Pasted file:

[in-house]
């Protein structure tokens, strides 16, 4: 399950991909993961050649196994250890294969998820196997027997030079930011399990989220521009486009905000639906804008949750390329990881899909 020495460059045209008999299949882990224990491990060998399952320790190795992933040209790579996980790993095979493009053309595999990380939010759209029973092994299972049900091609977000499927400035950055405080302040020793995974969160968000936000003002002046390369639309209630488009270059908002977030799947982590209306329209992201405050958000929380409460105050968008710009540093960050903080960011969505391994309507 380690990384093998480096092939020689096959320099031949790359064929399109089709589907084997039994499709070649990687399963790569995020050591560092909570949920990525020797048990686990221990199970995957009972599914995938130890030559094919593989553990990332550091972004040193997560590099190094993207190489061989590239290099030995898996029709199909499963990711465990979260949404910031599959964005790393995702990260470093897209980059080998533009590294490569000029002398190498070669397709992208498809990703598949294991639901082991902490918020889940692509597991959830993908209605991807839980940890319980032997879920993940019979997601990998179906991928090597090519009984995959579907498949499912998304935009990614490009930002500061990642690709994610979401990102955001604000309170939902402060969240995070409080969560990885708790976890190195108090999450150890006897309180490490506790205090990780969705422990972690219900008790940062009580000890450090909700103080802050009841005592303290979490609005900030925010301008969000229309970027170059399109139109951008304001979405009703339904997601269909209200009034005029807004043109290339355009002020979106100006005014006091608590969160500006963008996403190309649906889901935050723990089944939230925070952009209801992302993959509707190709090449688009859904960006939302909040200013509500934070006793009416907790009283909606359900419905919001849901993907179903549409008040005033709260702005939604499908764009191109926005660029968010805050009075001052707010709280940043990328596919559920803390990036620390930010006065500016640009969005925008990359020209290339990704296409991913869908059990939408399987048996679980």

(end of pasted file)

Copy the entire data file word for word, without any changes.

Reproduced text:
[in-house]
């Protein structure tokens, strides 16, 4: 399950991909993961050649196994250890294969998820196997027997030079930011399990989220521009486009905000639906804008949750390329990881899909 020495460059045209008999299949882990224990491990060998399952320790190795992933040209790579996980790993095979493009053309595999990380939010759209029973092994299972049900091609977000499927400035950055405080302040020793995974969160968000936000003002002046390369639309209630488009270059908002977030799947982590209306329209992201405050958000929380409460105050968008710009540093960050903080960011969505391994309507 380690990384093998480096092939020689096959320099031949790359064929399109089709589907084997039994499709070649990687399963790569995020050591560092909570949920990525020797048990686990221990199970995957009972599914995938130890030559094919593989553990990332550091972004040193997560590099190094993207190489061989590239290099030995898996029709199909499963990711465990979260949404910031599959964005790393995702990260470093897209980059080998533009590294490569000029002398190498070669397709992208498809990703598949294991639901082991902490918020889940692509597991959830993908209605991807839980940890319980032997879920993940019979997601990998179906991928090597090519009984995959579907498949499912998304935009990614490009930002500061990642690709994610979401990102955001604000309170939902402060969240995070409080969560990885708790976890190195108090999450150890006897309180490490506790205090990780969705422990972690219900008790940062009580000890450090909700103080802050009841005592303290979490609005900030925010301008969000229309970027170059399109139109951008304001979405009703339904997601269909209200009034005029807004043109290339355009002020979106100006005014006091608590969160500006963008996403190309649906889901935050723990089944939230925070952009209801992302993959509707190709090449688009859904960006939302909040200013509500934070006793009416907790009283909606359900419905919001849901993907179903549409008040005033709260702005939604499908764009191109926005660029968010805050009075001052707010709280940043990328596919559920803390990036620390930010006065500016640009969005925008990359020209290339990704296409991913869908059990939408399987048996679980």